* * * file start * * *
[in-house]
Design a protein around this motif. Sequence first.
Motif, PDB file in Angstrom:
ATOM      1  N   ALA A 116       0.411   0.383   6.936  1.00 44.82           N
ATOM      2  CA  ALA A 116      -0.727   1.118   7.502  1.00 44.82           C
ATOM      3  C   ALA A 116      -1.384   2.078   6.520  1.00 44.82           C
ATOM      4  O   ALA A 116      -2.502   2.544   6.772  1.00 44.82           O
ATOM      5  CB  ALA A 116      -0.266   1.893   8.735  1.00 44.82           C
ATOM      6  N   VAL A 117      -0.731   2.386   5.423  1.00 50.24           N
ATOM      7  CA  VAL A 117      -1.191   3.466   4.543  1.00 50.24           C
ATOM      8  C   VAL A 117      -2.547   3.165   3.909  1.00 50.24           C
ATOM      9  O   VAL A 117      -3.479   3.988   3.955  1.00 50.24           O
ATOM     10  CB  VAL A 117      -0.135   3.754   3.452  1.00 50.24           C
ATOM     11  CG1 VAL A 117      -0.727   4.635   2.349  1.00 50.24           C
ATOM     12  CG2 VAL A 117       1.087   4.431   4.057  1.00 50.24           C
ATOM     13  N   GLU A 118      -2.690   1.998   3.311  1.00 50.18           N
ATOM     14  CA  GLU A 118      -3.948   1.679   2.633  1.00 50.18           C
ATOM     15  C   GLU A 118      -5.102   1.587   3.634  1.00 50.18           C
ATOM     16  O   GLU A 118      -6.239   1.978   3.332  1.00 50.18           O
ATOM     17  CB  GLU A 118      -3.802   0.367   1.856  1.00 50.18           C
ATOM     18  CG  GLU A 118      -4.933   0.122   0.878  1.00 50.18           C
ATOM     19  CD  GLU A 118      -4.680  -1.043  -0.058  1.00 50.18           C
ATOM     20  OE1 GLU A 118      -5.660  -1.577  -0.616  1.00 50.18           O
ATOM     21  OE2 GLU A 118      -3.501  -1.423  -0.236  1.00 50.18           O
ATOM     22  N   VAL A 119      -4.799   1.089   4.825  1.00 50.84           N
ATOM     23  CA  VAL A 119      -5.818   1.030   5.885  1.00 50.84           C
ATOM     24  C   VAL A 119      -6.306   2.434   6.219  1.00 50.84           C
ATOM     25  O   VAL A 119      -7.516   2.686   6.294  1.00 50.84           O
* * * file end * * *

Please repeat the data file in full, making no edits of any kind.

[in-house]
Design a protein around this motif. Sequence first.
Motif, PDB file in Angstrom:
ATOM      1  N   ALA A 116       0.411   0.383   6.936  1.00 44.82           N
ATOM      2  CA  ALA A 116      -0.727   1.118   7.502  1.00 44.82           C
ATOM      3  C   ALA A 116      -1.384   2.078   6.520  1.00 44.82           C
ATOM      4  O   ALA A 116      -2.502   2.544   6.772  1.00 44.82           O
ATOM      5  CB  ALA A 116      -0.266   1.893   8.735  1.00 44.82           C
ATOM      6  N   VAL A 117      -0.731   2.386   5.423  1.00 50.24           N
ATOM      7  CA  VAL A 117      -1.191   3.466   4.543  1.00 50.24           C
ATOM      8  C   VAL A 117      -2.547   3.165   3.909  1.00 50.24           C
ATOM      9  O   VAL A 117      -3.479   3.988   3.955  1.00 50.24           O
ATOM     10  CB  VAL A 117      -0.135   3.754   3.452  1.00 50.24           C
ATOM     11  CG1 VAL A 117      -0.727   4.635   2.349  1.00 50.24           C
ATOM     12  CG2 VAL A 117       1.087   4.431   4.057  1.00 50.24           C
ATOM     13  N   GLU A 118      -2.690   1.998   3.311  1.00 50.18           N
ATOM     14  CA  GLU A 118      -3.948   1.679   2.633  1.00 50.18           C
ATOM     15  C   GLU A 118      -5.102   1.587   3.634  1.00 50.18           C
ATOM     16  O   GLU A 118      -6.239   1.978   3.332  1.00 50.18           O
ATOM     17  CB  GLU A 118      -3.802   0.367   1.856  1.00 50.18           C
ATOM     18  CG  GLU A 118      -4.933   0.122   0.878  1.00 50.18           C
ATOM     19  CD  GLU A 118      -4.680  -1.043  -0.058  1.00 50.18           C
ATOM     20  OE1 GLU A 118      -5.660  -1.577  -0.616  1.00 50.18           O
ATOM     21  OE2 GLU A 118      -3.501  -1.423  -0.236  1.00 50.18           O
ATOM     22  N   VAL A 119      -4.799   1.089   4.825  1.00 50.84           N
ATOM     23  CA  VAL A 119      -5.818   1.030   5.885  1.00 50.84           C
ATOM     24  C   VAL A 119      -6.306   2.434   6.219  1.00 50.84           C
ATOM     25  O   VAL A 119      -7.516   2.686   6.294  1.00 50.84           O